Tips for coping with holiday stress, sadness and depression --RSS Feed

By Harvey Ross, Independent Living Services Coordinator, with Melanie Hupfer, PR & Marketing Coordinator
 
Holidays are usually thought of as a time for celebration and family but they can also be a time of sadness, stress and depression, and this can sometimes be heightened for people with disabilities. Sometimes just the thought of the holidays can be very stressful and sad, especially if you don’t have a support system. A person may not have family around or may be in a rehab facility, nursing home, etc.

 
Girl signing on a tablet
If you don't have loved ones nearby, reaching
out through technology is one way to connect.

The Mayo Clinic has a guide to coping with stress and depression around the holidays, and it has a lot of useful tips. The first tip is to acknowledge your feelings.
 
“If someone close to you has recently died or you can't be with loved ones, realize that it's normal to feel sadness and grief,” the guide states. “It's OK to take time to cry or express your feelings. You can't force yourself to be happy just because it's the holiday season.”
 
Its next recommendations for people who may not have friends or family in the area is to seek out social events organized by community or religious groups, or sign up to do some volunteering. You can also reach out to your friends and family and others by phone or by using technology. 
 
Another challenge of the holiday season is that going out in public can be a hassle with the big crowds, and of course the weather this time of year can be challenging to get around in (not to mention problems with the plowing and shoveling that businesses and individuals do). You could also have a transportation issue for those who can’t transport themselves from A to B who rely on transportation companies or other people.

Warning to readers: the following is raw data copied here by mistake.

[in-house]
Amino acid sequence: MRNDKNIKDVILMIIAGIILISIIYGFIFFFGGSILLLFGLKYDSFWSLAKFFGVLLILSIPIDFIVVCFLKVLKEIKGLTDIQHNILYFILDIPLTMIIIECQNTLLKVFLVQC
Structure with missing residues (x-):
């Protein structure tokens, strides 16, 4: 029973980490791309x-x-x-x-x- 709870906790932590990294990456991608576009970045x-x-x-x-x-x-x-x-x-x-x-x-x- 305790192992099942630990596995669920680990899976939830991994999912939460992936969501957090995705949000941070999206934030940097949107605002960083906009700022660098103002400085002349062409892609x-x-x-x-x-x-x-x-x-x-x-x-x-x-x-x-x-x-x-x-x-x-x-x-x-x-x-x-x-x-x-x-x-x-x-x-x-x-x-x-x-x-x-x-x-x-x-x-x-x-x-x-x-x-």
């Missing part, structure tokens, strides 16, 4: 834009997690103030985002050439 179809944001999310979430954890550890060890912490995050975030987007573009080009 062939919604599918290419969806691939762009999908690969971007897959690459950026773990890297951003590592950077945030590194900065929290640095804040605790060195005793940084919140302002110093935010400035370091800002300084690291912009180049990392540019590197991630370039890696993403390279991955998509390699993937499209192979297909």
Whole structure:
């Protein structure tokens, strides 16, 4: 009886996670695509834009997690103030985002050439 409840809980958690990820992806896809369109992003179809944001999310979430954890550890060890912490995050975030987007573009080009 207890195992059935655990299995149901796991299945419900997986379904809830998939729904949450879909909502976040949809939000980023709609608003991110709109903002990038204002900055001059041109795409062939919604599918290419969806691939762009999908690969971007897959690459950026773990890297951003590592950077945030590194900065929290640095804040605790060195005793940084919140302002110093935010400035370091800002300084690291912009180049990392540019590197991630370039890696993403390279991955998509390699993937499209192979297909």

Planning and scheduling to do things ahead of time can help reduce the stress. You can also shop online or make gifts instead of going to the store. If you run into problems related to shoveling and plowing during your travels, call your municipality.
 
The holidays can be a challenging time of year and that’s totally understandable. Any gesture of kindness or understanding is always welcomed and goes a long way.
 
Another very important point from the Mayo Clinic guide:

“Seek professional help if you need it. Despite your best efforts, you may find yourself feeling persistently sad or anxious, plagued by physical complaints, unable to sleep, irritable and hopeless and unable to face routine chores. If these feelings last for a while, talk to your doctor or a mental health professional.”

For more tips from the Mayo Clinic guide, “Stress, depression and the holidays: Tips for coping,” click here.

| Friday, 12/14/2018 - 5:09 PM | 0 comments
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